Jean-Marie Déguignet, [ed. Bernez Rouz; English trans. Linda Asher] Memoirs of a Breton Peasant (Seven Stories Press, 2003)

It is not often that one gets to read the memoirs of a peasant, because it's not often that a peasant writes a memoir. This particular peasant was Breton, which is, for those fascinated by a part of the world that is unique and mysterious, a plus. As editor Bernez Rouz points out in "The Story Behind This Story," Jean-Marie Déguignet was not a particularly nice man, and much of his story has been left out of this volume, particularly the paranoid ravings of his later life. As Rouz himself points out, "these circumvolutions, which become unremitting from the ninth book on, make the reading an ordeal." This volume, at just over 400 pages of print, has been rendered from nearly 4,000 pages of manuscript. What is left is of more than casual interest to anyone interested in Britanny or the history of the nineteenth century, particularly as told from the viewpoint of one who had little respect for authority and was not one of those by whose deeds history is made (or so we are told).

Déguignet was of a philosphical cast of mind. Self-educated, he seems to have had an unquenchable curiosity, and at his best he is a lively and irreverent observer of the world around him who joined the army at age eighteen to see the world and learn more about it. The central section, "The Soldier," is the main portion of the book, and the most rewarding (although the account of his early life, while appalling to those who think poverty means not being able to stop at Starbuck's, is also often amusing and enlightening). In many places I am reminded of John Louis Stephens' delightful travelogues, from a period that overlaps Déguignet's early life (our Breton peasant was born in 1834): while they share a wide-eyed, open quality, Déguignet is much more choleric and combative, although just as entertaining in his observations of human foibles.

Déguignet was a remarkable man in many ways. Raised a devout Catholic, he learned to read Breton and Latin from the catechism and the Lives of the Saints. He began teaching himself French from newspapers he filched from his employer, the mayor of Kerfeunteun, the village near where he had worked as a cowherd after a childhood spent as a professional beggar. (It was as a cowherd that he began teaching himself to write, which, he discovered, is not exactly the same thing as reading -- his hands were not nearly so adroit as his mind.) By the middle of his life, he could speak and read Breton, Latin, French, Italian, and Spanish, and even a smattering of English.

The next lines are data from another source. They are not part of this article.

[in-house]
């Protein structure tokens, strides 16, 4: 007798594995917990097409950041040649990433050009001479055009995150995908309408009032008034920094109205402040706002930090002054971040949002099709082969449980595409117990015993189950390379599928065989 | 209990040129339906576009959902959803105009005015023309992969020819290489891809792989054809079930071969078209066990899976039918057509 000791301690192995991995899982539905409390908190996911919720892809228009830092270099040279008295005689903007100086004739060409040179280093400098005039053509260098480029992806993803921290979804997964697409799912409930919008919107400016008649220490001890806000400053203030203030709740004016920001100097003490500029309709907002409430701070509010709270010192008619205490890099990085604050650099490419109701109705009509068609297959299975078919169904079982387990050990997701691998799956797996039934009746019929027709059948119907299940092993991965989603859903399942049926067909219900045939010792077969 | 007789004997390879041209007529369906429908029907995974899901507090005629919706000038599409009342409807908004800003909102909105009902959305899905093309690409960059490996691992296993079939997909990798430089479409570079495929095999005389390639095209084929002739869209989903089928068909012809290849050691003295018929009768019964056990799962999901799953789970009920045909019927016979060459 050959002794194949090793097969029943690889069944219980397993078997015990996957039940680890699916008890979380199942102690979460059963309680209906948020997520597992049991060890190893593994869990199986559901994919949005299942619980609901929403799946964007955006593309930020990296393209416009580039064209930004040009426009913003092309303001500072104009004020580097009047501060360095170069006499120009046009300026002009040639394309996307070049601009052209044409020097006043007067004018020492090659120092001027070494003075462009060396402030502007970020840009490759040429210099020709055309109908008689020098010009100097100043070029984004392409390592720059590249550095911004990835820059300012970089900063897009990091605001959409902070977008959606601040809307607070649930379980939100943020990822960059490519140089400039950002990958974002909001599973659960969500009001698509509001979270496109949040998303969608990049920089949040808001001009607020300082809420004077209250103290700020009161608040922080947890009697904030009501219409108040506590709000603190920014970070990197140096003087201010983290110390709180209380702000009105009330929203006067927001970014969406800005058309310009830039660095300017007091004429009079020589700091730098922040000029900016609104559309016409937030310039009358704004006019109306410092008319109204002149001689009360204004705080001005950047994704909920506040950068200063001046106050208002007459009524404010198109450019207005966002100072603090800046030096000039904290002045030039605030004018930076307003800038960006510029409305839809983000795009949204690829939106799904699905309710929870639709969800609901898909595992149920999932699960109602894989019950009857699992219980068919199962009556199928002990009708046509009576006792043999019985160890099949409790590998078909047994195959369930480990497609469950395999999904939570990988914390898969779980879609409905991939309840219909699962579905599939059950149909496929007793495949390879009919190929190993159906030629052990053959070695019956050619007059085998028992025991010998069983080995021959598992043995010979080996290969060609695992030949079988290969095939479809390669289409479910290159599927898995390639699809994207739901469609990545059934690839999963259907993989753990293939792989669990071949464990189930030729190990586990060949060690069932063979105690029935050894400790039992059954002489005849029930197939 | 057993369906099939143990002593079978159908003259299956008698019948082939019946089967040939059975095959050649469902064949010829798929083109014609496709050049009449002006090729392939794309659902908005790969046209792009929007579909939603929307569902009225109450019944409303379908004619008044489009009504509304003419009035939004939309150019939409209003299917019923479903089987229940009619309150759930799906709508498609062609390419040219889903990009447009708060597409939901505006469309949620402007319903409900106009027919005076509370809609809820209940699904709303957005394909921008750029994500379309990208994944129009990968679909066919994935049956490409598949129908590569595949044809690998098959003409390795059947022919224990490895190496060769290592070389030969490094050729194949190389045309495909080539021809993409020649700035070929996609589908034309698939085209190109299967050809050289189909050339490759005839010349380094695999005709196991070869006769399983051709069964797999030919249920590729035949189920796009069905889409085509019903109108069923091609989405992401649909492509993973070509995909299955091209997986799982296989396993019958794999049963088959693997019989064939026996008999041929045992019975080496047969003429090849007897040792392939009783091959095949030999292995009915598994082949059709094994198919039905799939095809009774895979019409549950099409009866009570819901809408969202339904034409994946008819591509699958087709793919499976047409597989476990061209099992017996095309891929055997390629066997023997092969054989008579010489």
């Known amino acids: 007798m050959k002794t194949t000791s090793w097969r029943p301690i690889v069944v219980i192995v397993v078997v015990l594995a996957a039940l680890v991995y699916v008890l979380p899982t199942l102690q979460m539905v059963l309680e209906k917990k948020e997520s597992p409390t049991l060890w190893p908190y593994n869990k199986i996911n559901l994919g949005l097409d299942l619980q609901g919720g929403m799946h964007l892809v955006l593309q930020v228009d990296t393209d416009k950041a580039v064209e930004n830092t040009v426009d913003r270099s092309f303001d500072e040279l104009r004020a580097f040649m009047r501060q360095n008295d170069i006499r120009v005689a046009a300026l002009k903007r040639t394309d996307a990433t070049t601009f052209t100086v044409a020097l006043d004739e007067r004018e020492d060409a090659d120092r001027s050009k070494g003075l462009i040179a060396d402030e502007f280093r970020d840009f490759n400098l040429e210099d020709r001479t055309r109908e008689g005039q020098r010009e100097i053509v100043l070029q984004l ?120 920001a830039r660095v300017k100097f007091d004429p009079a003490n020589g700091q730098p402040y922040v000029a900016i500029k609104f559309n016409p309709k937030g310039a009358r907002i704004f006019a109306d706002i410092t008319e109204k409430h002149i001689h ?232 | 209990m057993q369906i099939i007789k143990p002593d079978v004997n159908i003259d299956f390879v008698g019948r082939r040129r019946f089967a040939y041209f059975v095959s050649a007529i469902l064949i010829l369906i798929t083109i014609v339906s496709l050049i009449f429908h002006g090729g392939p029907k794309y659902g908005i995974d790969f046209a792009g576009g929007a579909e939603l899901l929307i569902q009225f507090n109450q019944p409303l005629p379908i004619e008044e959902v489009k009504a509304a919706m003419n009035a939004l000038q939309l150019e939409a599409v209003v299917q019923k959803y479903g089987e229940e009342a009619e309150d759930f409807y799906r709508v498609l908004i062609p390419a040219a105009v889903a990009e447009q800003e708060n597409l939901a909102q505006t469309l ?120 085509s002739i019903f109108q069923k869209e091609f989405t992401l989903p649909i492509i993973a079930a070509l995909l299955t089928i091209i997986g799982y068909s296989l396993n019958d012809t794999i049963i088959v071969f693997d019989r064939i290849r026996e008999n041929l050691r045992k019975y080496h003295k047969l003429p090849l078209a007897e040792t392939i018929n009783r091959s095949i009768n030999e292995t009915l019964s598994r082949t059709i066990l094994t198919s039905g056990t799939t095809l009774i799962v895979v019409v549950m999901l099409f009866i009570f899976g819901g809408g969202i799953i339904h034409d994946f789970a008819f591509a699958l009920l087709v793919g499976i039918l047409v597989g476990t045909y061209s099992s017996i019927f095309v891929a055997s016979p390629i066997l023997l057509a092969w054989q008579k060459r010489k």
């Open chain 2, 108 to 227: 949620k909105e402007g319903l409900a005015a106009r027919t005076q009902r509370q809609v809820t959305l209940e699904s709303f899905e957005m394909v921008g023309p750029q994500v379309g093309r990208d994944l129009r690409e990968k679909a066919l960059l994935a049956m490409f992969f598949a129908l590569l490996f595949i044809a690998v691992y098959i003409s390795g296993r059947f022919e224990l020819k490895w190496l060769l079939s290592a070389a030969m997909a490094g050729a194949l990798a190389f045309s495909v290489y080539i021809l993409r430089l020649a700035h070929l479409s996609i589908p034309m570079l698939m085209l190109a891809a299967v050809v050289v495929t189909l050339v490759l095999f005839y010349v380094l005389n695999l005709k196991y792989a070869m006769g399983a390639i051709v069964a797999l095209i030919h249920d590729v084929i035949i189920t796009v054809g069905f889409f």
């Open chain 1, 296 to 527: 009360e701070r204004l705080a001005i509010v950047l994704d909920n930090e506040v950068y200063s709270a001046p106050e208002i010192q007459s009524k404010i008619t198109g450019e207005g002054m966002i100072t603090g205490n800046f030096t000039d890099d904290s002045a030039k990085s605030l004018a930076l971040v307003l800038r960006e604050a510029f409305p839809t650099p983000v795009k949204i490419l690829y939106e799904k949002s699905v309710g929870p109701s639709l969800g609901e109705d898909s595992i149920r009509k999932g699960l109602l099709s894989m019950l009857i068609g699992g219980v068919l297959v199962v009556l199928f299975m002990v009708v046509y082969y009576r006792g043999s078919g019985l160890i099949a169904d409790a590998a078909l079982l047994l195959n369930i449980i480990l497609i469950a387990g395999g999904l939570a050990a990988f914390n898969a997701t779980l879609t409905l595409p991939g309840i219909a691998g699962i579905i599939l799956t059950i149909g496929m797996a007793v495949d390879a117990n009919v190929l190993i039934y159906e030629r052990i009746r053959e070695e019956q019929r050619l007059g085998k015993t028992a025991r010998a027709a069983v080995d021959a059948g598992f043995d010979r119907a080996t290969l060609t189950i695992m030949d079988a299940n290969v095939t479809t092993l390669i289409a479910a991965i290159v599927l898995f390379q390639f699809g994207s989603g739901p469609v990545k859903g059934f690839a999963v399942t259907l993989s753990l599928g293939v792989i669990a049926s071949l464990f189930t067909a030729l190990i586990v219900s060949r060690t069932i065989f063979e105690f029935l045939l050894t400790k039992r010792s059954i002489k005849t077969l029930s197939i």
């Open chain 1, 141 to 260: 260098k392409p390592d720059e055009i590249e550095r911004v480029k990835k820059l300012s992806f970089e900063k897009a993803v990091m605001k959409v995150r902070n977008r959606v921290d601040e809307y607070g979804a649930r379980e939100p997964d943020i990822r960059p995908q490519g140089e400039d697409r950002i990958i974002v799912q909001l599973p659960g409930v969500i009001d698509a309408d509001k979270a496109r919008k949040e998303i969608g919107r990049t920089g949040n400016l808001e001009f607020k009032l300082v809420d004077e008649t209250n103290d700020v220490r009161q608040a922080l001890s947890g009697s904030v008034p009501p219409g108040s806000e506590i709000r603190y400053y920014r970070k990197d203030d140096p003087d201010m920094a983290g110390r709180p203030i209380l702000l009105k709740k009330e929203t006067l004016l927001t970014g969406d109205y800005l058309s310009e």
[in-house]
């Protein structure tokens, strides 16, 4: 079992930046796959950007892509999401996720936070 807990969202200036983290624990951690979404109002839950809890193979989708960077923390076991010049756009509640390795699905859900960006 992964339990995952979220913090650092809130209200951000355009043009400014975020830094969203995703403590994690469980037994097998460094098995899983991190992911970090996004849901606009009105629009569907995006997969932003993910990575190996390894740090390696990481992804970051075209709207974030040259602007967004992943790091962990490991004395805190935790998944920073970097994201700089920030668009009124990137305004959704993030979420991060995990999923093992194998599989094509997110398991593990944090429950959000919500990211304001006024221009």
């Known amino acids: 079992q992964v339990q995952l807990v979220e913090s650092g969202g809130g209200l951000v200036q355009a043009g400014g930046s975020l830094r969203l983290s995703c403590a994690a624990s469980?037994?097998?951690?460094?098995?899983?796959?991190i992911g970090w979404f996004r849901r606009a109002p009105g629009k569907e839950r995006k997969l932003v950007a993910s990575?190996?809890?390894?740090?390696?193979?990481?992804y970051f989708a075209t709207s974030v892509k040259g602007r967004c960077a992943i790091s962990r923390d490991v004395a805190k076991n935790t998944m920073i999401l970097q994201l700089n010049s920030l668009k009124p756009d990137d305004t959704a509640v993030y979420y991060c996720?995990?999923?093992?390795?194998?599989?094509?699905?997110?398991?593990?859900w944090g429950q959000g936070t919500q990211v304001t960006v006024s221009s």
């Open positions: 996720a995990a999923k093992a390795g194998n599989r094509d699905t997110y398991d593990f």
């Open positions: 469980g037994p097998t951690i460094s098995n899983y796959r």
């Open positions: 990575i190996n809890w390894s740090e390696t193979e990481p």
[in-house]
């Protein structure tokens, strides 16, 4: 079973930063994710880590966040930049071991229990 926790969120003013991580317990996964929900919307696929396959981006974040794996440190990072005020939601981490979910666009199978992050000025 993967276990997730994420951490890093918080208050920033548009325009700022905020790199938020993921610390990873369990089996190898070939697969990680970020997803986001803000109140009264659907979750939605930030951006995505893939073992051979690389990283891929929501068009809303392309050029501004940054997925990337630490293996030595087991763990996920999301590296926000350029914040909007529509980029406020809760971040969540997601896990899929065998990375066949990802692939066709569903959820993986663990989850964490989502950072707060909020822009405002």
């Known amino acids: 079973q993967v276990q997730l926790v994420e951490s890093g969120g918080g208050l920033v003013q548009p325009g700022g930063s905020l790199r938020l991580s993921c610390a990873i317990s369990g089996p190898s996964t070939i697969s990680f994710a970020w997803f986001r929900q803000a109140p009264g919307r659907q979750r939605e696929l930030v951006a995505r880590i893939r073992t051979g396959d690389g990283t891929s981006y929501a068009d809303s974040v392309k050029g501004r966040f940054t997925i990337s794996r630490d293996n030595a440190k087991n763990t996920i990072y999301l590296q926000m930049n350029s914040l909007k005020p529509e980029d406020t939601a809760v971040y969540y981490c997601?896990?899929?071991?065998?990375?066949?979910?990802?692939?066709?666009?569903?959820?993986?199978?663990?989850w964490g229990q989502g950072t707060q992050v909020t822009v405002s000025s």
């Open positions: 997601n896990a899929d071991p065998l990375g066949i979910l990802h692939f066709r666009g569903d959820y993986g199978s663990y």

He was a harsh critic of the incompetent, as witness his remarks on some of his commanders during the Crimean War and his tour in Algeria, but also an unremitting champion of the common man: he was so disgusted by the commercialism of Jerusalem, which in his eyes existed to prey on pilgrims, that he became an atheist -- his repeated references to Jesus as the "chief bandit" become more than a little jarring, even for those not Christian. One can only imagine the reaction among his contemporaries in Brittany.

Also unsettling to a contemporary reader is the degree to which knowledge was a matter of misinformation (although this is probably just as true in our own day, if one is to believe that people accept some of the things that they seem to.) Taking Déguignet as an educated man (which he seems to have been, in spite of his lack of formal schooling), his insistence that it was a blow on the head at an early age which led to his curiosity and intelligence is both amusing and frightful.

The Breton peasant's later years are not so entertaining. Returning home to Britanny when mustered out of the army during Napoleon III's general demobilization, his intent was to find a good site in the Stang-Odet, the river valley that runs through the central Breton highlands, and live alone, raising bees and otherwise living off the land. However, he soon found himself with a wife, working as a tenant farmer on land leased from an estate, which worked for a while. Through one thing and another, though, he ended his days destitute, living in a hovel with a bed made of fern fronds, where he died in 1905.

Quite honestly, I have been avoiding this book, simply because, on the basis of the introduction, I was reluctant to get involved with a bad-tempered, marginally insane peasant whose life was depressing. The discovery that most of his life was not depressing, when I finally took the plunge, was reward enough for my determination. The translation is very readable, and the details about life in Britanny and in Déguignet's various ports of call are fascinating. Presented as a document of social science, Memors of a Breton Peasant is equally worth reading for pleasure.


[Robert Tilendis]